Facets of a Muse

Examining the guiding genius of writers everywhere

Unreliable narrators and reader expectations #amreading

8 Comments

someone reading a book

We’ve all heard the term “unreliable narrator”. It’s what we call a character we can’t trust to tell us the truth of the story. Sometimes we don’t see the “unreliable-ness” of that narrator right away (or maybe it’s just me 😉 ), but sometimes we see it becuase a different POV character sees the world of the story in a way that feels more accurate.

Narrators can be unreliable for many reasons, from simple naivete to a highly-biased view of the world due to a mental or behavioral condition. Think multiple-personality disorder or sociopathic characteristics. Or maybe they are so jaded by their life that reality is always distorted through their lens.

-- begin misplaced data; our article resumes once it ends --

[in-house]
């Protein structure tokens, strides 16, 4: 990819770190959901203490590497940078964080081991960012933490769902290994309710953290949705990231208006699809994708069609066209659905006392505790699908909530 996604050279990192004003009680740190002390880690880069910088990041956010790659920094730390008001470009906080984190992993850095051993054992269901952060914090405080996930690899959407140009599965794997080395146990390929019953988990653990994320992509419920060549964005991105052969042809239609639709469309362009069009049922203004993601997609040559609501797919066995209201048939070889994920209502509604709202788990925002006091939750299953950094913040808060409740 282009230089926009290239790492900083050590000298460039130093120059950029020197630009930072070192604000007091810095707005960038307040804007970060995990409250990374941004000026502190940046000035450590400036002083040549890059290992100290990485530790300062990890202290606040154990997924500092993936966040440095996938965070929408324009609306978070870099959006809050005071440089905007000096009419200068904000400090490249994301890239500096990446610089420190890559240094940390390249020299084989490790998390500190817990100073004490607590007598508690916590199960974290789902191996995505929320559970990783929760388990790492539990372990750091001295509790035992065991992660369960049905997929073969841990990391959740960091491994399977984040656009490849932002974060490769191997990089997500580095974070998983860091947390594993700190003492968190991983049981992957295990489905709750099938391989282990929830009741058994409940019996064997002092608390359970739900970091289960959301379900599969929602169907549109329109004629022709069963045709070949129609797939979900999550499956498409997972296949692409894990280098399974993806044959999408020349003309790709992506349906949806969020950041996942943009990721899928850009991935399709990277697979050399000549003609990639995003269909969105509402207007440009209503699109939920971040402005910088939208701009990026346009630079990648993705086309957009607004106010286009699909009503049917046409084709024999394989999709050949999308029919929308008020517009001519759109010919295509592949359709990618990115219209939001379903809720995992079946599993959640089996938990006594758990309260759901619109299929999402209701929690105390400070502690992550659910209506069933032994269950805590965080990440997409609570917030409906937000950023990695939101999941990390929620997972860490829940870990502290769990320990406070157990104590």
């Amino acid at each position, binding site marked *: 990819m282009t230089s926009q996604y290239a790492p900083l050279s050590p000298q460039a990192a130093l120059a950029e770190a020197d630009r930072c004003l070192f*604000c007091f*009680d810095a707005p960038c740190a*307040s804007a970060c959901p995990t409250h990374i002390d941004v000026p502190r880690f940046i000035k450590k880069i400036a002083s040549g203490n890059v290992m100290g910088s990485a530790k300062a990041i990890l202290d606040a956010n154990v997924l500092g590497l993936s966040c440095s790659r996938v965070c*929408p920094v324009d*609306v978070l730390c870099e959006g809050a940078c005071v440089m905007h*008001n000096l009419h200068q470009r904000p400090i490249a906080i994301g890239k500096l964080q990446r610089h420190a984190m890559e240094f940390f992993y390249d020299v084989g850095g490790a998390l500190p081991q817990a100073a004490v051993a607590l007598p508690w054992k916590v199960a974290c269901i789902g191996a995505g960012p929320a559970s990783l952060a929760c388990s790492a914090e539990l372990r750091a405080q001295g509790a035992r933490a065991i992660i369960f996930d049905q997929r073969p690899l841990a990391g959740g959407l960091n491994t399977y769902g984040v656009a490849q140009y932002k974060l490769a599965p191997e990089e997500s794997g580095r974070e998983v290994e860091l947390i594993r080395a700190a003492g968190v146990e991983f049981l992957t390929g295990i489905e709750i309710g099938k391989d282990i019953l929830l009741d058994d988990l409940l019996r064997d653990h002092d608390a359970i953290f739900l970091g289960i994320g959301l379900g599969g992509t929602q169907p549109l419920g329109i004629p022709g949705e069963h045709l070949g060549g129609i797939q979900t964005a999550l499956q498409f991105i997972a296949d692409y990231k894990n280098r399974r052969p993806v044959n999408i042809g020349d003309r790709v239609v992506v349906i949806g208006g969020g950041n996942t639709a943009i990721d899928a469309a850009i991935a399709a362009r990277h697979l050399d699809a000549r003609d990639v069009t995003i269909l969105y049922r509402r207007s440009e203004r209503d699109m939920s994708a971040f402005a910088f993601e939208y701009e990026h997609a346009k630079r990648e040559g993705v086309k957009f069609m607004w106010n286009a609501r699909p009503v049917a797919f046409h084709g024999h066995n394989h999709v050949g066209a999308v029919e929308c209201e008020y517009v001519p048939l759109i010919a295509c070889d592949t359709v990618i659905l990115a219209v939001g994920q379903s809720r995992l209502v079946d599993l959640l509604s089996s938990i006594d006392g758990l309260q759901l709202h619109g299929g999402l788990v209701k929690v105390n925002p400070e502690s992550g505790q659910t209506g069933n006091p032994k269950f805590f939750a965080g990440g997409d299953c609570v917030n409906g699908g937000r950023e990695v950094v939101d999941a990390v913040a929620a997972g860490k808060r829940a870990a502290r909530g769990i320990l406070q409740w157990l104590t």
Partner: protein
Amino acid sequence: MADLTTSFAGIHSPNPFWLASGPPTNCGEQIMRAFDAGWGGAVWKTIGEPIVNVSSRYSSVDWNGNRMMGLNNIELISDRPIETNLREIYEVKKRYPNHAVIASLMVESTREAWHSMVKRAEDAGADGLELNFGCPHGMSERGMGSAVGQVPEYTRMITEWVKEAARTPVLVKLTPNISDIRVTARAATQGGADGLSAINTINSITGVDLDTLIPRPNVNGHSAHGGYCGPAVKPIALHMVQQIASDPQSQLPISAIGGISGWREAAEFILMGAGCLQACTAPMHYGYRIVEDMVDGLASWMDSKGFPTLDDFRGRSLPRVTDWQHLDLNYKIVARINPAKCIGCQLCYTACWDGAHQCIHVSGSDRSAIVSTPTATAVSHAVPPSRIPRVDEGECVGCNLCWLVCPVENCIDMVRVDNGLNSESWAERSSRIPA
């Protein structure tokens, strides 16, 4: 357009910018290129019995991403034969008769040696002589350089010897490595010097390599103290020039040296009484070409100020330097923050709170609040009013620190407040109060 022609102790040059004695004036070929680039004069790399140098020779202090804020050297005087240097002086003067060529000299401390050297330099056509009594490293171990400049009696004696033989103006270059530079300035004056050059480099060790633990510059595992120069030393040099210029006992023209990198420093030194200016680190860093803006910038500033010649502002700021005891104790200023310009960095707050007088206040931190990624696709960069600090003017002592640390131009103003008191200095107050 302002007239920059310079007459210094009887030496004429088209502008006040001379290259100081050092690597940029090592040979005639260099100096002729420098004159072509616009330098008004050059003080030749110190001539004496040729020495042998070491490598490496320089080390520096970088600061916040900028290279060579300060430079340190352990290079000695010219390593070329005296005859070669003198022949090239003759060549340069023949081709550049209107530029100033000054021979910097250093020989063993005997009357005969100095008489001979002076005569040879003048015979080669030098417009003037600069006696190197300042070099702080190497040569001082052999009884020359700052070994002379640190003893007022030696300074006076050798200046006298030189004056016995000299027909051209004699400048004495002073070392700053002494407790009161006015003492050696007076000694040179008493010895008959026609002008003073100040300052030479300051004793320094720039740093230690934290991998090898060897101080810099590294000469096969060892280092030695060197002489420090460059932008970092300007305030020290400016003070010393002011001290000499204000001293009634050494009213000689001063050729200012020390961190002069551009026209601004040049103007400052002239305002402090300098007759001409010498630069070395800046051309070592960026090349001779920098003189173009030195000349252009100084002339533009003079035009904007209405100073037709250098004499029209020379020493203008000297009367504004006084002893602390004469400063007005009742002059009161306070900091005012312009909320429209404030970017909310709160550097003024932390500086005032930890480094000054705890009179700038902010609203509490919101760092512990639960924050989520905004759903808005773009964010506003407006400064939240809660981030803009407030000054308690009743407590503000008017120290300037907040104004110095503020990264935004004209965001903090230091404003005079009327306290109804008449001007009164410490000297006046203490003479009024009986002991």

I haven’t written an unreliable narrator (not intentionally, at least), but I do have characters who behave a certain way because they see the real world through a filter woven from the cloth of their life experiences. They don’t narrate, but POV characters interact with them, and their slant on the world comes through that way.

Needless to say, I haven’t read many books in which the POV character is an unreliable narrator, so I’m not familiar with how those stories work out in the end. I’ve just read a story in which one of the POV characters is unreliable in a big way, but the reader learns this early on. Once I realized the character couldn’t be trusted to tell the truth of the world the way it was, but only the way she saw it, I expected the story to work out a certain way.